A Near Miss in Dental Implant Placement

Most of my patients will find me from social media, and I have a personal consultation with them and take all the appropriate records, including CBCT Scans. 

This case was different, it was an internal referral, and all I had was a basic PA bitewing. 

This bridge has failed, and it was sectioned distal to the UL3. 

The plan was to place a dental implant in the UL4 region, and the referring dentist I work with (a LOT), thought this was a simple case. 

It does look simple. 

I nearly didn’t take a CBCT scan! (and I scan EVERYONE before dental implants).

Anyway, I am glad that I did, this is what it looked like: 

These are the same image, with the dental implant virtually placed on one. 

The width of this dental implant is 3.8mm.

So what are the options?

We could consent the patient for a bone graft, and do that either with or without the implant, or reschedule the whole thing, so she can think about this. 

What about the cost? There is going to be additional costs, and we are telling the patient at the eleventh hour about this! This isn’t good practice! 

Also, this patient is anxious about this treatment, the last thing I want to do is to make her feel uncomfortable about the whole thing. Remember this is the first time I am seeing her. 

This is what we did. 

Take the time to explain what we have seen. This is the most important part of the whole appointment. 

The surgery is the fun bit, explaining everything is long and boring. But there is a general structure: 

1. be positive in tone: “its a REALLY GOOD thing that we took the CBCT, we found something out…” 

2. Show, rather than tell: On the CBCT Screen, show the area we are thinking to put the implant in, measure it, place a virtual implant, the patient can see the problem for themselves! 

3. Offer solutions, basically the options above. 

4. Be human, personally, I feel really uncomfortable increasing the cost at this stage, it feels like trapping the patient. So I always give the option to think about it and come back another day, or we can do the bone graft, and we will only charge the cost of the materials… Even though the bone graft is the most time consuming part of it all! 

She chose to have the implant and the bone graft. 

This is how I did it… Without getting the hammer out. 

This picture shows a split thickness flap (3 sided), where I made a vertical incision to bone, where the implant is poking out! 

I did the osteotomy, and we placed the implant. This was tricky, but we got a torque of 35ncm.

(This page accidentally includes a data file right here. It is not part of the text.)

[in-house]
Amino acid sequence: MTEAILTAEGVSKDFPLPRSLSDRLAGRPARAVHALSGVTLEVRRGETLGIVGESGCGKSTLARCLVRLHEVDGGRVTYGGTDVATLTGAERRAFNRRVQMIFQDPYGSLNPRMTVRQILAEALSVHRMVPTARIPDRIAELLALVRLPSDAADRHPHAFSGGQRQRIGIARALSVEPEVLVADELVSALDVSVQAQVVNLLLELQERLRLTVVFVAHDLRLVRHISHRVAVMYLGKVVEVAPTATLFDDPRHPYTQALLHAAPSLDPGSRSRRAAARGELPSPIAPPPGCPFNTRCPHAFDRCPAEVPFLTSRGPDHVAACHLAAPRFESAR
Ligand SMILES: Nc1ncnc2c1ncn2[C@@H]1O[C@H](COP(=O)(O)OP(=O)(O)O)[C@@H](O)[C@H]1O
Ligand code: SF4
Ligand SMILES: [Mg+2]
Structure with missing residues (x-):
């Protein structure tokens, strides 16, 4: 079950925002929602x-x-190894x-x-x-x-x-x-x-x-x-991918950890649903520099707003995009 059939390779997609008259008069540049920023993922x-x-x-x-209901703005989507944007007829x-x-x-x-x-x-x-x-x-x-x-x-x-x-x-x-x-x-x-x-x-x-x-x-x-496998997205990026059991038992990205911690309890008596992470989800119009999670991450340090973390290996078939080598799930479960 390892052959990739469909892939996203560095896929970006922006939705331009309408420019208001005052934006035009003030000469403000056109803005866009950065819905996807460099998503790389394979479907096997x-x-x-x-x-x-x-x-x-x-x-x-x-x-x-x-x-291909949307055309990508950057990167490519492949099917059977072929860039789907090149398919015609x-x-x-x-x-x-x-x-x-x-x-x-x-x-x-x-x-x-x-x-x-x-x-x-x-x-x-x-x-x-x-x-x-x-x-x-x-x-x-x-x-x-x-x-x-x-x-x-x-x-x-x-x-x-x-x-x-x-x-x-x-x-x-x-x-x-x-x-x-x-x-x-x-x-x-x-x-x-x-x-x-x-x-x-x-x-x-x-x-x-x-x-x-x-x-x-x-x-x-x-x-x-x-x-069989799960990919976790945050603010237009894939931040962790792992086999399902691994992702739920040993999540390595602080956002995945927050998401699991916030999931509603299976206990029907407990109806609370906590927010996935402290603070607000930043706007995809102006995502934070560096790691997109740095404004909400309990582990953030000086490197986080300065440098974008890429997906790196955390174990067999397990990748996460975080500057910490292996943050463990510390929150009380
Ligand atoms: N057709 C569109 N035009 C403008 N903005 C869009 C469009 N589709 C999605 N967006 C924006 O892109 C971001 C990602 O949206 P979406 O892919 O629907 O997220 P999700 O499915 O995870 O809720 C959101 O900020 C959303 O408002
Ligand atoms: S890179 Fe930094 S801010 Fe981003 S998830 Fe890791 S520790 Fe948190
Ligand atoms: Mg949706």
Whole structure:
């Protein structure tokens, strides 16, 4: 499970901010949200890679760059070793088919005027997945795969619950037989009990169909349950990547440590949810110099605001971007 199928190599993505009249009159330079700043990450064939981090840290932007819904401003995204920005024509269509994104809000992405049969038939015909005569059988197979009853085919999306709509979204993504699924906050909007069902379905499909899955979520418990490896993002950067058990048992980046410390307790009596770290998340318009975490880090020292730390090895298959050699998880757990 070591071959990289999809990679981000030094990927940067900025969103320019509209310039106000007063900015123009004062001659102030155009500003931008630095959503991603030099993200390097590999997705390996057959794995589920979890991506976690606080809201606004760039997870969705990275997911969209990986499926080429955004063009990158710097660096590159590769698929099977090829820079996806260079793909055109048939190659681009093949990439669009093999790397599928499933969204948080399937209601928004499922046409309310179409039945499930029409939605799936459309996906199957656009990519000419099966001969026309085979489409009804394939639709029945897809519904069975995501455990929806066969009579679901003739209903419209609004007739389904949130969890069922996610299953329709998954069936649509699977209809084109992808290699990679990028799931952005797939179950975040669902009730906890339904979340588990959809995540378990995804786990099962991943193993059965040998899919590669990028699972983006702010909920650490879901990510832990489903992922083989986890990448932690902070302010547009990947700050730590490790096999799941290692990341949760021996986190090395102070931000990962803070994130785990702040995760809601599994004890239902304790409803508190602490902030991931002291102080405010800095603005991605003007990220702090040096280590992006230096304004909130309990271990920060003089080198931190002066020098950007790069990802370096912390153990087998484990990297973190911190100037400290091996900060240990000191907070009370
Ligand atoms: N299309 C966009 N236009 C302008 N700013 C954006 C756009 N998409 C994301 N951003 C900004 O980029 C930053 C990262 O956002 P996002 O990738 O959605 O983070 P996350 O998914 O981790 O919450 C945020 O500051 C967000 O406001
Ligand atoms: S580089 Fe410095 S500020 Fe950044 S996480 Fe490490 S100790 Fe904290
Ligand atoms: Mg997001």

Next, I measured the membrane and sutured it into position, using the periosteum to suture to. 

The advantage is that we don’t need to tac the membrane. It needs stabilisation, otherwise the whole procedure is pointless and the graft will dissipate or fail. 

I could have tacked in, but I didn’t want to make the patient any more traumatised, and this is a decent solution. 

In this photo, the periosteum is highlighted, so you can see it more clearly. 

You can see the sutures from the membrane to the periosteum, and I have put in one suture to close the gingivae, but there is a healing cap on the dental implant. This means that its not going to close easily. 

I put my initial suture in the wrong place. 

there is a greater distance from the distal of the graft to the distal of the 3 sided flap. So I would like to have that area with a slight opening (2re intention healing), if it needs to be. 

So I took that suture out, and apposed the mesial aspect of the flap first. 

I made sure that there was good soft tissue adaption around the implant healing cap as well, then closed the distal. 

You can see the slightly open wound to the distal of the site. 

Now, remember, this was a split thickness flap, and there is blood supply from the periosteum and the flap. This should make this area heal more quickly than if we had a full thickness flap, which may have left us with some exposed bone. 

(If we did this, a blood clot would first develop and we hope this does not dislodge, so the soft tissue can grow) 

I think that by having this split thickness flap, the flap itself is more mobile, and full closure is less important – as long as its not open over the graft. 

Let me know what you think about this. 

Also, if you want to dramatically increase your case acceptance and understanding on how to carry out complex cases, you can sign up to my mentoring program, and for a monthly fee you get access to all of my online courses, premium newsletter (with a lot more business and sales stuff in it), and we can talk through complex cases that you may have coming. 

You can find out more about this from the links below. 

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